A better approach is to not mock/spy on anything at all (look into Classist vs. Mockist TDD schools) and exercise the SUT with a dynamically-generated set of data and weights which in turn asserts that it's "good enough".

I'll elaborate more on this in an update.

A better test

Testing the implementation details of the randomPick is not a good idea for another reason as well. Such a test can't verify the correctness of the algorithm as it's only verifying the calls it's making. If there's an edge-case bug, it's not covering enough to be able to hit it.

Mocking/Spying is usually beneficial when we want to assert against the communication of objects; in cases that the communication is actually assertive of correctness, e.g. "assert that it hits the database"; but here it's not.

An idea for a better testcase might be to exercise the SUT "vigorously" and assert that it's "Good Enough" for what it's doing; picking a random element. The idea is backed by the Law of Large Numbers:

"In probability theory, the law of large numbers (LLN) is a theorem that describes the result of performing the same experiment a large number of times. According to the law, the average of the results obtained from a large number of trials should be close to the expected value, and will tend to become closer to the expected value as more trials are performed." — Wikipedia

Provide the SUT with a relatively large, dynamically generated set of random input and assert that it's passing every single time:

import { Randomize } from './Randomize'

const exercise = (() => {
  // Dynamically generate a relatively large random set of input & expectations:
  // [ datasetArray, probabilityWeightsArray, expectedPositionsArray ]
  // A sample manual set:  
  return [
    [['nok', 'nok', 'nok', 'ok', 'nok'], [0, 0, 0, 1, 0], [3]],
    [['ok', 'ok', 'nok', 'ok', 'nok'], [50, 50, 0, 0, 0], [0, 1]],
    [['nok', 'nok', 'nok', 'ok', 'ok'], [0, 0, 10, 60, 30], [2, 3, 4]]

describe('whatever', () => {
  test.each(exercise)('look into positional each() params for unique names', (dataset, weights, expected) => {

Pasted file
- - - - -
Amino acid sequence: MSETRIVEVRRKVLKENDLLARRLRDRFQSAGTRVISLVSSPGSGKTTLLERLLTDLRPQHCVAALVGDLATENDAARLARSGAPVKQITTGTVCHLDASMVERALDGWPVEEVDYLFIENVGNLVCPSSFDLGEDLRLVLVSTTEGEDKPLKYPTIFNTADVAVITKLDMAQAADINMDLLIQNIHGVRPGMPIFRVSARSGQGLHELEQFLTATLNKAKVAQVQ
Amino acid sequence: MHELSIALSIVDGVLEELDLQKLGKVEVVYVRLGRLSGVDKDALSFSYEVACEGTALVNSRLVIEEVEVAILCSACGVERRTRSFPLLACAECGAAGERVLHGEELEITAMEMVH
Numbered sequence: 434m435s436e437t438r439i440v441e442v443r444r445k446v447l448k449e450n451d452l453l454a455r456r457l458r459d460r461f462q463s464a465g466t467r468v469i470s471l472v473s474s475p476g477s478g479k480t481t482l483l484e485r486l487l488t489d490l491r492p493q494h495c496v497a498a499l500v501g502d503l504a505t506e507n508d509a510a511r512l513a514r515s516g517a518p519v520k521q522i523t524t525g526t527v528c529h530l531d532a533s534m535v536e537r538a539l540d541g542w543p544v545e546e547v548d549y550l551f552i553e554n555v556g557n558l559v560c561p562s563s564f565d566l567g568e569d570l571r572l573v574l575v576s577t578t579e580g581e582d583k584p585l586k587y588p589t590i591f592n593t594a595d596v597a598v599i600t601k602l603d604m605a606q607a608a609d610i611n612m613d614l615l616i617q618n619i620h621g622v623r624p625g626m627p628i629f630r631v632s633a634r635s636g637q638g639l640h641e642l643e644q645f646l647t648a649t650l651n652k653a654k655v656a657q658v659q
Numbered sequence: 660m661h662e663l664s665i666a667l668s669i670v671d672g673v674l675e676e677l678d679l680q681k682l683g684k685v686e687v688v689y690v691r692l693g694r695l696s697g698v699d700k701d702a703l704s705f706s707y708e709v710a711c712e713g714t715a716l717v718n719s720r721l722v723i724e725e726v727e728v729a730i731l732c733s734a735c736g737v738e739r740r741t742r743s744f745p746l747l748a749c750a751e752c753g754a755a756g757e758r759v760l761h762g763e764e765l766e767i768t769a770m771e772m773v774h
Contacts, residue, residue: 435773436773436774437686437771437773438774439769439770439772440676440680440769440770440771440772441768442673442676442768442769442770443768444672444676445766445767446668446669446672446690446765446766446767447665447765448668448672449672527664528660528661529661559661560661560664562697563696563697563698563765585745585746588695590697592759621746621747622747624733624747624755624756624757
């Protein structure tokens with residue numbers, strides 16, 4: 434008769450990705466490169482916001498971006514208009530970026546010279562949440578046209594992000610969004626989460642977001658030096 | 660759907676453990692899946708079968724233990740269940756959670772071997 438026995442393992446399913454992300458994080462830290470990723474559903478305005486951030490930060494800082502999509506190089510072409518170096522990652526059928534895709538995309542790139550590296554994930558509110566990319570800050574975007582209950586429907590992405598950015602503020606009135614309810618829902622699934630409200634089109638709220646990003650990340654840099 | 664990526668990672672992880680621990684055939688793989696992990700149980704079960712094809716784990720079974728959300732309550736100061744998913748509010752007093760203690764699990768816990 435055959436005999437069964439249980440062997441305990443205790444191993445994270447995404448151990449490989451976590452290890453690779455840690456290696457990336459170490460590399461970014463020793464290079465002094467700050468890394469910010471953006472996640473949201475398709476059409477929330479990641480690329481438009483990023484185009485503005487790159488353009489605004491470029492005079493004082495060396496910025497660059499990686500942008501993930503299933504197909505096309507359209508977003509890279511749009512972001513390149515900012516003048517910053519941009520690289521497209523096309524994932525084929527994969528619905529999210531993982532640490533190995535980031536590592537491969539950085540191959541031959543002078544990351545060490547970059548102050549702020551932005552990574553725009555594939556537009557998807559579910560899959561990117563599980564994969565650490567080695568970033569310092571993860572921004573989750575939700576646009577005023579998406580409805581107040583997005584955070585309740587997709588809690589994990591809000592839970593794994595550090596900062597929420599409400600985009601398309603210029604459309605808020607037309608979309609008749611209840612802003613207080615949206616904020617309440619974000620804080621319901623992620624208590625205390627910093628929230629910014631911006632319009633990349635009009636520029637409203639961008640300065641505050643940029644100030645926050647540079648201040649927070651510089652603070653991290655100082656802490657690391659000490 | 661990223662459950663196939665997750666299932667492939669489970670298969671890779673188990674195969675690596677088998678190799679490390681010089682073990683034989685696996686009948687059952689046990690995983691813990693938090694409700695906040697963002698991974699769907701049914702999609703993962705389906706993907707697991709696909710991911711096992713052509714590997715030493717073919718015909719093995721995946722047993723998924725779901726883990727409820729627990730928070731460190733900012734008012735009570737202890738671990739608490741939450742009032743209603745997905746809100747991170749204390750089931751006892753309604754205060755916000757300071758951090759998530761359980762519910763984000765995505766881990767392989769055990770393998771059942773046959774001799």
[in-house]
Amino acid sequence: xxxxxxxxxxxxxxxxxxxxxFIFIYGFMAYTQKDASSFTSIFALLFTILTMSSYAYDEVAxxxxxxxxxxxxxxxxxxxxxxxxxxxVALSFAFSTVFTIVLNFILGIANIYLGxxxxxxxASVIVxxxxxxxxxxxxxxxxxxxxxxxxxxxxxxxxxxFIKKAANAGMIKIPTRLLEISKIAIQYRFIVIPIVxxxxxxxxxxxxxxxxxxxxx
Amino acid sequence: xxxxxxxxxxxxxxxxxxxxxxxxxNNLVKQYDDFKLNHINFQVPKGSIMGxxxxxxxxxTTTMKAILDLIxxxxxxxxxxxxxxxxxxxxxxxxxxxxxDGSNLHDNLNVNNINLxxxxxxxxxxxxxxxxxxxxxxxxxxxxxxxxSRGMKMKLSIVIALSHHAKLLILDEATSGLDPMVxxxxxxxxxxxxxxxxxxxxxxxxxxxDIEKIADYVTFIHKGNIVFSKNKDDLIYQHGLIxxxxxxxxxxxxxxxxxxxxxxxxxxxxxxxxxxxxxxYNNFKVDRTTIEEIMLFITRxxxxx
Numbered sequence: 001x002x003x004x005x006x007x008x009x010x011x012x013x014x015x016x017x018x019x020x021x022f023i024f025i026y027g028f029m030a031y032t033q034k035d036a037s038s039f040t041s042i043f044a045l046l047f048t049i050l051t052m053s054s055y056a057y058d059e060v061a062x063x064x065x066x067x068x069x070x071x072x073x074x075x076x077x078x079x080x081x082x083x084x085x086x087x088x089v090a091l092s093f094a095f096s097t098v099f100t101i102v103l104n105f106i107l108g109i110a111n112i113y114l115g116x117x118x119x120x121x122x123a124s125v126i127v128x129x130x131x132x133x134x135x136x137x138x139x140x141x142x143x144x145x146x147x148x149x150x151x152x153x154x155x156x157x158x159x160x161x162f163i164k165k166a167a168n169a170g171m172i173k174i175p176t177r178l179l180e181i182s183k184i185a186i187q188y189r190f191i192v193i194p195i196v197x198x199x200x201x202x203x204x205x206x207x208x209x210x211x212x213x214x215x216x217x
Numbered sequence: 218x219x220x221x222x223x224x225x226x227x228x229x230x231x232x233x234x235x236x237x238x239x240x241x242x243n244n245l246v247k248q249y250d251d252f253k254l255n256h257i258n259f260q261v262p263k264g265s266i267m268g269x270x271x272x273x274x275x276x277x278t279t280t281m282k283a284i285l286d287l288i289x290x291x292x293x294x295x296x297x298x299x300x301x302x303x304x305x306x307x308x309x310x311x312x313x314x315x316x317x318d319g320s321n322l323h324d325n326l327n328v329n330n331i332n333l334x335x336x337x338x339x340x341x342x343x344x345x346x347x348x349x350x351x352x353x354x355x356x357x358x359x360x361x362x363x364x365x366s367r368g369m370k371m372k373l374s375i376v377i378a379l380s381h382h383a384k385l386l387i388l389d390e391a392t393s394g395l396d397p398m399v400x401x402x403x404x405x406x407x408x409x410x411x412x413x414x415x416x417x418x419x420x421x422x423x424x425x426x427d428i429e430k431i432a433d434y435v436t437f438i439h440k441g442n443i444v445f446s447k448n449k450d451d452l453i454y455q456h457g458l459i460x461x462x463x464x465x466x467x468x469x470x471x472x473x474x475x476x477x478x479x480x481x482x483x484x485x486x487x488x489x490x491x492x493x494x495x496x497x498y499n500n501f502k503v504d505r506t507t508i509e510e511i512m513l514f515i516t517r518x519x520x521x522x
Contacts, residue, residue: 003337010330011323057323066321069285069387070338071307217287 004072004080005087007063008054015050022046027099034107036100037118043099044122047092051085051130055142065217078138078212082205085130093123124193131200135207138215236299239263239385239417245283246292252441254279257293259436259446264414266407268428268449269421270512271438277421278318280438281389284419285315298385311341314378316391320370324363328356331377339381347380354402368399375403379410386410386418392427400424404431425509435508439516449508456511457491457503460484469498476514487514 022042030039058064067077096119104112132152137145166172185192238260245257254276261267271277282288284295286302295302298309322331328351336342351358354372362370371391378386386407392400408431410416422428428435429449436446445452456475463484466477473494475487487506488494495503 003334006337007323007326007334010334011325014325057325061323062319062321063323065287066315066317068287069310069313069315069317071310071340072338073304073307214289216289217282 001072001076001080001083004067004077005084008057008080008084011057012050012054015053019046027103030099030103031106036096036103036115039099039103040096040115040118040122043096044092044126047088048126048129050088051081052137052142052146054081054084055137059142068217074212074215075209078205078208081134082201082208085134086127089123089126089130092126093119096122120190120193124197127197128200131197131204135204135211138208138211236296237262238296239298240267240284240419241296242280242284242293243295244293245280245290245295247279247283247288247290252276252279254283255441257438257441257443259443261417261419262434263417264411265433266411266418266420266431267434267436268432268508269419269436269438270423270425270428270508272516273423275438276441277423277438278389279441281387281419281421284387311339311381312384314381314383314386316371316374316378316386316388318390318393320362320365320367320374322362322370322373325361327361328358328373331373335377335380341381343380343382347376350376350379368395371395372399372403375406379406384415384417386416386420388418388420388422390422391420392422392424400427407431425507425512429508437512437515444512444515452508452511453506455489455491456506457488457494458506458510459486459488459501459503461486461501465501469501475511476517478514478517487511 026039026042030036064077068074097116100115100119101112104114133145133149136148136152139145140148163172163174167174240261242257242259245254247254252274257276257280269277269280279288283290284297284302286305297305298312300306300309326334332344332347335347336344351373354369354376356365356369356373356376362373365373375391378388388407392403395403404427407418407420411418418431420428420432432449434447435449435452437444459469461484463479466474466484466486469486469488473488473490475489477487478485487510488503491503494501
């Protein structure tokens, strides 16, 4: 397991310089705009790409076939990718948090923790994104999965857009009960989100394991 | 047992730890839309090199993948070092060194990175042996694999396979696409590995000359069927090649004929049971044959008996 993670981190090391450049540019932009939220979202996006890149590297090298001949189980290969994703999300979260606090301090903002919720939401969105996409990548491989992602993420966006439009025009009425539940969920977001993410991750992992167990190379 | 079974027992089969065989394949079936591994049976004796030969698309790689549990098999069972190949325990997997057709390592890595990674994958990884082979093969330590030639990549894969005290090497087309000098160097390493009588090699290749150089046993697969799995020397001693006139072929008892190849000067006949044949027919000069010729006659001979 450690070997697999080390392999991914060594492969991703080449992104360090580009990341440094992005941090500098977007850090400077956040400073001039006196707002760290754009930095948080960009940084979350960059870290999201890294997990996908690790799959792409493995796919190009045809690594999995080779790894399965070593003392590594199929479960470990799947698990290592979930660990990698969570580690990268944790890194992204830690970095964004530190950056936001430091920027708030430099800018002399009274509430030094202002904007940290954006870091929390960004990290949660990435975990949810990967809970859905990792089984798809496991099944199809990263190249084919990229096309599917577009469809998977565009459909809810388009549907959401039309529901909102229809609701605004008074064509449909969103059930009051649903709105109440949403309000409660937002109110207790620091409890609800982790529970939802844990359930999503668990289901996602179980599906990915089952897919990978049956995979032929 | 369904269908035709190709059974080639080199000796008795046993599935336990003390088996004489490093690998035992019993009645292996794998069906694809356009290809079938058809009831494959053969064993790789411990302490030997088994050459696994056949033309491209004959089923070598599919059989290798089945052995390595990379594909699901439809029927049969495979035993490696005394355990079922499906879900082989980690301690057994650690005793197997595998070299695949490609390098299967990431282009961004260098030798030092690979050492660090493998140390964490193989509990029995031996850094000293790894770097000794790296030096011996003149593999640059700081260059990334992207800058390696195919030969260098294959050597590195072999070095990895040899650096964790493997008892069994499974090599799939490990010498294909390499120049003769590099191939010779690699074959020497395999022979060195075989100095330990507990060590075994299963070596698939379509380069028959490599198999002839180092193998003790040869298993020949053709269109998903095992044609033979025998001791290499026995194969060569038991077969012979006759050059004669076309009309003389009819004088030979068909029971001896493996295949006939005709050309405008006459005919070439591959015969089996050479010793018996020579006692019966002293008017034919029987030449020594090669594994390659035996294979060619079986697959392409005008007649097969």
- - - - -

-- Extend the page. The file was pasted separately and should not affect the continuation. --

const randomizeOperator = new Randomize({}, [dataset, weights], {})

    const position = randomizeOperator.randomPick(dataset, weights)


Here's another perspective based on the same idea without necessarily needing to generate dynamic data:

import { Randomize } from './Randomize'

const exercise = (() => {
  return [
      ['moreok'], // expect "moreok" to have been picked more during the exercise.
      ['lessok', 'moreok'], // the dataset.
      [0.1, 99.90] // weights, preferring the second element over the first.
    [['moreok'], ['moreok', 'lessok'], [99, 1]],
    [['moreok'], ['lessok', 'moreok'], [1, 99]],
    [['e'], ['a', 'b', 'c', 'd', 'e'], [0, 10, 10, 0, 80]],
    [['d'], ['a', 'b', 'c', 'd'], [5, 20, 0, 75]],
    [['d'], ['a', 'd', 'c', 'b'], [5, 75, 0, 20]],
    [['b'], ['a', 'b', 'c', 'd'], [0, 80, 0, 20]],
    [['a', 'b'], ['a', 'b', 'c', 'd'], [50, 50]],
    [['b'], ['a', 'b', 'c'], [10, 60, 30]],
    [['b'], ['a', 'b', 'c'], [0.1, 0.6, 0.3]] // This one pinpoints a bug.

const mostPicked = results => {
  return Object.keys(results).reduce((a, b) => results[a] > results[b] ? a : b )

describe('randompick', () => {
  test.each(exercise)('picks the most probable: %p from %p with weights: %p', (mostProbables, dataset, weights) => {
    const operator = new Randomize({}, [dataset, weights], {})
    const results = dataset.reduce((carry, el) => Object.assign(carry, { [el]: 0 }), {})
    // e.g. { lessok: 0, moreok: 0 }

    for (let i = 0; i <= 2000; i++) {
      // count how many times a dataset element has win the lottery!
      results[dataset[operator.randomPick(dataset, weights)]]++

    // console.debug(results, mostPicked(results))


A more readable test

When tests are being polluted with "functionality noise" just like above, they become hard to read; they don't serve as documentation anymore.

In such situations, developing a custom matcher or test-double helps with readability.

  // ...
])('picks the most probable: %p from %p with weights: %p', mostProbables, dataset, weights) => {
    const results = []
    const operator = new Randomize(...whatever)

    ;[...Array(420).keys()].forEach(() => results.push(


This custom toHaveMostFrequentElements assertion matcher helps eliminating "noise" from the test.

  • I get your point and totally agree with it but I can't see of a way to test the randomness, hence my choices to stick to the code as it is.
    – Adrien
    Sep 19 '19 at 14:04
  • 1
    I've put down the code we already talked about for the sake of completeness and OCD :p
    – sepehr
    Sep 20 '19 at 8:04